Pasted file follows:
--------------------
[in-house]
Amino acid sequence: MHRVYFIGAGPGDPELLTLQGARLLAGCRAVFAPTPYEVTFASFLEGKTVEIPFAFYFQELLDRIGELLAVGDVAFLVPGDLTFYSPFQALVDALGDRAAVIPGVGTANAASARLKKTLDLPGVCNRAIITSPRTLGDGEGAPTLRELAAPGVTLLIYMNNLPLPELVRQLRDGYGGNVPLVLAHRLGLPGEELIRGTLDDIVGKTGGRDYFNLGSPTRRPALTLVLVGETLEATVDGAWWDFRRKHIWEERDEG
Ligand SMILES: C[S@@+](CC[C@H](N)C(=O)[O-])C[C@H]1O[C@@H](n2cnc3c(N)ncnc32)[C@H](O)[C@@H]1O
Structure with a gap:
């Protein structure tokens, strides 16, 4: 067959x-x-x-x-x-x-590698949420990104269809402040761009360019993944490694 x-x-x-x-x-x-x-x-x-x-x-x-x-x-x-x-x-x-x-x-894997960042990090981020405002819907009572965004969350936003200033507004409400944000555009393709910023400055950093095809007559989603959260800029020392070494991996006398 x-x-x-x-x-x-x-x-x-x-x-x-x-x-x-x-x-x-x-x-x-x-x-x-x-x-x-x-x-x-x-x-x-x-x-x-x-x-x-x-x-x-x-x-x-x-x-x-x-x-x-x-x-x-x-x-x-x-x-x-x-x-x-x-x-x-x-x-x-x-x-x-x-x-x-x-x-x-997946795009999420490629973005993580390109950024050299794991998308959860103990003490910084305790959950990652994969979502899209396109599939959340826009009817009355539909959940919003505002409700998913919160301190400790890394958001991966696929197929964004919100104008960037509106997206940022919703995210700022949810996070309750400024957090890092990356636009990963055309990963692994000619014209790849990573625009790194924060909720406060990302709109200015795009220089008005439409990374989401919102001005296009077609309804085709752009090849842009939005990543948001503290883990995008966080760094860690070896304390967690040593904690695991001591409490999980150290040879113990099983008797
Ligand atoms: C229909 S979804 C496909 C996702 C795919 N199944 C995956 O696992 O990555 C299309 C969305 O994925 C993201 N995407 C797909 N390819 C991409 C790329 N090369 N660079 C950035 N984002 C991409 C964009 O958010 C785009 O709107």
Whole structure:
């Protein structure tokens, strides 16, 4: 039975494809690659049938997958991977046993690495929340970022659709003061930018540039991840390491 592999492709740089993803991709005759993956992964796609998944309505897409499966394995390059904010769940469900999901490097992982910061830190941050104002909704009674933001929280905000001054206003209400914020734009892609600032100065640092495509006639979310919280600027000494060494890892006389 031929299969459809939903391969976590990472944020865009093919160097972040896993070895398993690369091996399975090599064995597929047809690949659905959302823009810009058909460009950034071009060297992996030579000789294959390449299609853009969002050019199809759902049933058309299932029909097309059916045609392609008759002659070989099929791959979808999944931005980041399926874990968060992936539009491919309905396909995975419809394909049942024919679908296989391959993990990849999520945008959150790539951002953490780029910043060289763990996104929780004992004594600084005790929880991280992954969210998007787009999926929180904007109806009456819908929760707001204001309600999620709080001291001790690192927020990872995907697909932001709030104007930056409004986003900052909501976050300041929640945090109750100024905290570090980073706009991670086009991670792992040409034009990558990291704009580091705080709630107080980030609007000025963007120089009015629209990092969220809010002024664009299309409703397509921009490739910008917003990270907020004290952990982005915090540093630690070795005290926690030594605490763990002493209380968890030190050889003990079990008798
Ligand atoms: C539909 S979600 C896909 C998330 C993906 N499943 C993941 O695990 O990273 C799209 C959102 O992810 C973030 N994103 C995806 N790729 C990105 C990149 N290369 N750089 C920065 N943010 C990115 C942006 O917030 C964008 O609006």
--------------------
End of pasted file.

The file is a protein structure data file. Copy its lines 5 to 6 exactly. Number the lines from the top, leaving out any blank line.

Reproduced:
């Protein structure tokens, strides 16, 4: 067959x-x-x-x-x-x-590698949420990104269809402040761009360019993944490694 x-x-x-x-x-x-x-x-x-x-x-x-x-x-x-x-x-x-x-x-894997960042990090981020405002819907009572965004969350936003200033507004409400944000555009393709910023400055950093095809007559989603959260800029020392070494991996006398 x-x-x-x-x-x-x-x-x-x-x-x-x-x-x-x-x-x-x-x-x-x-x-x-x-x-x-x-x-x-x-x-x-x-x-x-x-x-x-x-x-x-x-x-x-x-x-x-x-x-x-x-x-x-x-x-x-x-x-x-x-x-x-x-x-x-x-x-x-x-x-x-x-x-x-x-x-x-997946795009999420490629973005993580390109950024050299794991998308959860103990003490910084305790959950990652994969979502899209396109599939959340826009009817009355539909959940919003505002409700998913919160301190400790890394958001991966696929197929964004919100104008960037509106997206940022919703995210700022949810996070309750400024957090890092990356636009990963055309990963692994000619014209790849990573625009790194924060909720406060990302709109200015795009220089008005439409990374989401919102001005296009077609309804085709752009090849842009939005990543948001503290883990995008966080760094860690070896304390967690040593904690695991001591409490999980150290040879113990099983008797
Ligand atoms: C229909 S979804 C496909 C996702 C795919 N199944 C995956 O696992 O990555 C299309 C969305 O994925 C993201 N995407 C797909 N390819 C991409 C790329 N090369 N660079 C950035 N984002 C991409 C964009 O958010 C785009 O709107």